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September 18, 2013
Is there a link between safety and health and business success?

Yes, there is, according to a study published in the Journal of Occupational and Environmental Medicine. Keep reading to learn more.

The study, The Link Between Workforce Health and Safety and the Health of the Bottom Line, was conducted by HealthNEXT, a developer of employee health programs. It was described as the first study of its kind to objectively measure the relationship between workforce health and safety and an employer’s performance in the marketplace.

Researchers looked at companies that have been recognized for safety and health excellence by the American College of Occupational and Environmental Medicine’s (ACOEM) Corporate Health Achievement Award. These businesses were more profitable than the S&P 500 for a 15-year period from 1997 to 2012, and for a 13-year period from 1999 to 2012. In various scenarios tested, the award-winning companies outperformed the S&P 500, with excess annual returns ranging from 3.03 percent to 5.27 percent.

Stated lead author Dr. Raymond Fabius, “This research delivers a much-needed dose of quantitative proof to support the notion that a healthy workforce is a competitive advantage in the marketplace.” He said it comes at a time when many corporations are looking for ways to cut healthcare expenses, or even dropping coverage. “Our results suggest that [the] real path to savings is not dropping health benefits, but rather improving them. Quite simply, we’ve proven that a corporate focus on health and safety is good business.”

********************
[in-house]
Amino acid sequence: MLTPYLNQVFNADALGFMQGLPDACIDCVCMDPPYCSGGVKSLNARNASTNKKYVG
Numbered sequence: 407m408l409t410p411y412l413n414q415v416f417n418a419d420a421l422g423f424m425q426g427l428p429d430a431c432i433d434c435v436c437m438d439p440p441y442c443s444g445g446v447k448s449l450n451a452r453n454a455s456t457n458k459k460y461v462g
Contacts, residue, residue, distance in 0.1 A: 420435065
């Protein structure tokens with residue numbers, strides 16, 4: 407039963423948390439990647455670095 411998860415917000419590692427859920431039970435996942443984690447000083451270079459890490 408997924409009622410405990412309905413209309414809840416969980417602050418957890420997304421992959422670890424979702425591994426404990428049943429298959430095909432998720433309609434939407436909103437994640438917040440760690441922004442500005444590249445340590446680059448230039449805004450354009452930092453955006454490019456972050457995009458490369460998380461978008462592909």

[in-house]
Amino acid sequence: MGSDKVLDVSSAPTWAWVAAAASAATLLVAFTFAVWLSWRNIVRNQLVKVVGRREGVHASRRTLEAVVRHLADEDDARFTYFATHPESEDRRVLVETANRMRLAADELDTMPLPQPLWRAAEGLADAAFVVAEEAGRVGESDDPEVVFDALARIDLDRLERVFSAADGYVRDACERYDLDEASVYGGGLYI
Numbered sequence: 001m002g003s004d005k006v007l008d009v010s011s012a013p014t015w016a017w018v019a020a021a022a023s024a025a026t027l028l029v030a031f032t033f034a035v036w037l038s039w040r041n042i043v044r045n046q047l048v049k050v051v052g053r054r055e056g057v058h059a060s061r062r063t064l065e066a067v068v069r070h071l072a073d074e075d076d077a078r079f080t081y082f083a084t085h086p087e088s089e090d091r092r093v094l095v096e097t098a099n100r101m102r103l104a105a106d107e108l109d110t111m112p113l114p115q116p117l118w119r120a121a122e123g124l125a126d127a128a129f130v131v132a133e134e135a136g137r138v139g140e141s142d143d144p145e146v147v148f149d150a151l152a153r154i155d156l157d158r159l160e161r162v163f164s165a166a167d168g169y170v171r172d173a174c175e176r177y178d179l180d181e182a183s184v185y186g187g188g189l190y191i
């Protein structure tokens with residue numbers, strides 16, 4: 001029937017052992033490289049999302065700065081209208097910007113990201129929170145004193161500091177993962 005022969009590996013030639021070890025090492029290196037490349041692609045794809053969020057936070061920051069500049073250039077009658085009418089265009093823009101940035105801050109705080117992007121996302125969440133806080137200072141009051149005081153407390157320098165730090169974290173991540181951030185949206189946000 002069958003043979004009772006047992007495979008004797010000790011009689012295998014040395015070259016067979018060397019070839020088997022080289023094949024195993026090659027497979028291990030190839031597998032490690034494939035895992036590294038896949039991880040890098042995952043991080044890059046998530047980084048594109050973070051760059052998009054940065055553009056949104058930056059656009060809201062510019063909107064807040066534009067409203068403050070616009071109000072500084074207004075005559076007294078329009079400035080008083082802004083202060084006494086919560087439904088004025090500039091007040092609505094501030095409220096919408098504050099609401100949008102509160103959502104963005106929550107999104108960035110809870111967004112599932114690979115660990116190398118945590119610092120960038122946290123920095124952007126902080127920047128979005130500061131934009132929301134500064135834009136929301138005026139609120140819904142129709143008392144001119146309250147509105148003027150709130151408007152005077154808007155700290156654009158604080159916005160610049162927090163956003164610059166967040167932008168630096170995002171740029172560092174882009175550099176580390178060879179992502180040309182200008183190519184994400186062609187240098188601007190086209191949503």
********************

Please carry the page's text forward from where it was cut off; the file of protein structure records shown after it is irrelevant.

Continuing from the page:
Take a closer look at one award-winning program

The researchers studied U.S.-based multinational corporations including American Express, Dow Chemical, IBM, and Johnson & Johnson (J&J), among others.

Johnson & Johnson’s health and wellness program seeks to optimize the well-being of its 120,000 employees worldwide and to sustain a “global culture of health.” Prevention and wellness are pillars of the program. According to J&J, “Giving people the tools to stay healthy is as important as healing them when they are sick.”

The multifaceted program targets risk factors for chronic disease including an unhealthy diet, lack of physical activity, and smoking.

Health and wellness program elements include:

  • Health assessment and counseling to help employees understand and reduce their risks;
  • Opportunities to be physically active, such as on-site fitness centers, exercise classes, personal training, and health coaching; and
  • Prevention-oriented screenings covered at 100 percent.

J&J leaders say the approach has helped improve health and reduce costs, both for the Johnson & Johnson companies and for employees.

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